Green Party leader announces Kyoto plan in Iqaluit

Harris vows to end tax breaks to energy and mining companies



The leader of the Green Party of Canada came to Nunavut to announce how his party, if elected, would reduce greenhouse gas emissions to “meet and exceed” what Canada signed on for under the Kyoto agreement in 1994.

Jim Harris was in Iqaluit to make the announcement, he said, because “climate change is affecting northern Canada more dramatically than any other region, and scientists from around the world are alarmed about this.”

The first party leader to visit Nunavut, Harris said northern voters should be skeptical about the Liberal government’s promises on climate change, pointing to a United Nations report that shows Canadian greenhouse gas emissions rose 24.2 per cent between 1990 and 2003, while U.S,. emissions rose only 13 per cent.

“At least with the Conservatives, with Mr. Harper, with Mr. Bush, you know where they stand,” Harris said in an interview with Nunatsiaq News. “The Liberal party will tell us that they support Kyoto, but their actions have been exactly the opposite.”

The Green Party would immediately halt all tax breaks and subsidies to oil, gas and mining sectors, Harris said. When asked about possible job cuts in those sectors, Harris pointed out that jobs in mining are “short-term.”

The party would encourage the development of “green collar jobs” in “low-emission industries,” such as wind power.

If in power, the Green party would cap greenhouse emissions and create a mandatory carbon emission registry and reduction strategy to encourage clean energy alternatives.

Gas prices would go down because the party would shift energy taxes from gasoline prices to “earlier stages in the production cycle” to encourage competition among companies to lower operating costs while reducing emissions.

Polluters would be forced to pay for damages and clean-up costs. Companies that earn over $1 million in annual revenue would have to submit energy efficiency reports to the government. A series of toxic chemicals would be banned by 2008.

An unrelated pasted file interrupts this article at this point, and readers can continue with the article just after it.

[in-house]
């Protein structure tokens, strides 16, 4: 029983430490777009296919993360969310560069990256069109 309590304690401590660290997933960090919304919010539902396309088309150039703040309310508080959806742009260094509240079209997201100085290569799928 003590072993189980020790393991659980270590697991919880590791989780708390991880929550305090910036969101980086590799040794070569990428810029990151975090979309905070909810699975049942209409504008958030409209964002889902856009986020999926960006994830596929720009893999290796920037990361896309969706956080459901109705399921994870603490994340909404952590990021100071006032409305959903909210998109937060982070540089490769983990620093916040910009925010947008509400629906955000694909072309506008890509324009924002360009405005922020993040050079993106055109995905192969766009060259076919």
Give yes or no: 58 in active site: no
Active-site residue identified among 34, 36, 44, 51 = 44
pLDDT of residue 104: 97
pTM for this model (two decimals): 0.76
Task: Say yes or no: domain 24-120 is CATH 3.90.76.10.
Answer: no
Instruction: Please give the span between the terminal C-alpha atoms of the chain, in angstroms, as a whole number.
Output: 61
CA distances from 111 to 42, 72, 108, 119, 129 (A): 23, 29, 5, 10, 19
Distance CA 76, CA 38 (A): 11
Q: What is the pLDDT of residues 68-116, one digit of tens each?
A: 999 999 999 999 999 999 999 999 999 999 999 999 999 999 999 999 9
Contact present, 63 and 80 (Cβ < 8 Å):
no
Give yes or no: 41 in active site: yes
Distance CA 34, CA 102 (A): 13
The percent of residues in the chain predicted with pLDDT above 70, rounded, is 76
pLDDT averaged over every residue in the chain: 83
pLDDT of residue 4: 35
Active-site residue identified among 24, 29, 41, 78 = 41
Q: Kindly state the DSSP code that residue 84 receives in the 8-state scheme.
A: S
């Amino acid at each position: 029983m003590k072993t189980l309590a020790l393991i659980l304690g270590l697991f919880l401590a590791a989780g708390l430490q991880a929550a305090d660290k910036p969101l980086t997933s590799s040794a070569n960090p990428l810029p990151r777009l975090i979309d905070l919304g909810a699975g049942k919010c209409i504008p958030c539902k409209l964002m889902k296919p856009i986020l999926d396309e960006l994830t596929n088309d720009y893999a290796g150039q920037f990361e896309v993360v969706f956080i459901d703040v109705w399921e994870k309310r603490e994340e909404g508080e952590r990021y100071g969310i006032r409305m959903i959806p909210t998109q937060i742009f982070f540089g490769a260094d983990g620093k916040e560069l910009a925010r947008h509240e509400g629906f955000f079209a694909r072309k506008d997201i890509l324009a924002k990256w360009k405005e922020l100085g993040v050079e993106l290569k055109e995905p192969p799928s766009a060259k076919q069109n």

Last year, the Green Party ran candidates in all 308 ridings across Canada. The party won no seats in the House of Commons, but did get enough votes to qualify for over $1 million in federal campaign funding. This year, the party plans to use that funding by sending its leader to every region of Canada.

The party’s leader plans to use this election campaign to send the message that Canadians needs to be concerned about the environment.

After outlining his party’s strategy for handling Kyoto, Harris took the opportunity to describe some smaller ways that Canadians can save energy.

“At the supermarket, I just bought six compact fluorescent light-bulbs that cost me just $15, but over the lifetime of the bulbs, the package advertises they’ll save $270. It’s a fantastic deal for homeowners and it’s a fantastic deal for our environment.”

Harris flew in and out of Iqaluit in one day, and has little time to see the effects of climate change, or to meet and greet potential voters. He did, however, plan to photograph a local stop sign, printed in English and Inuktitut, to use as a message to polluters on the party’s website.

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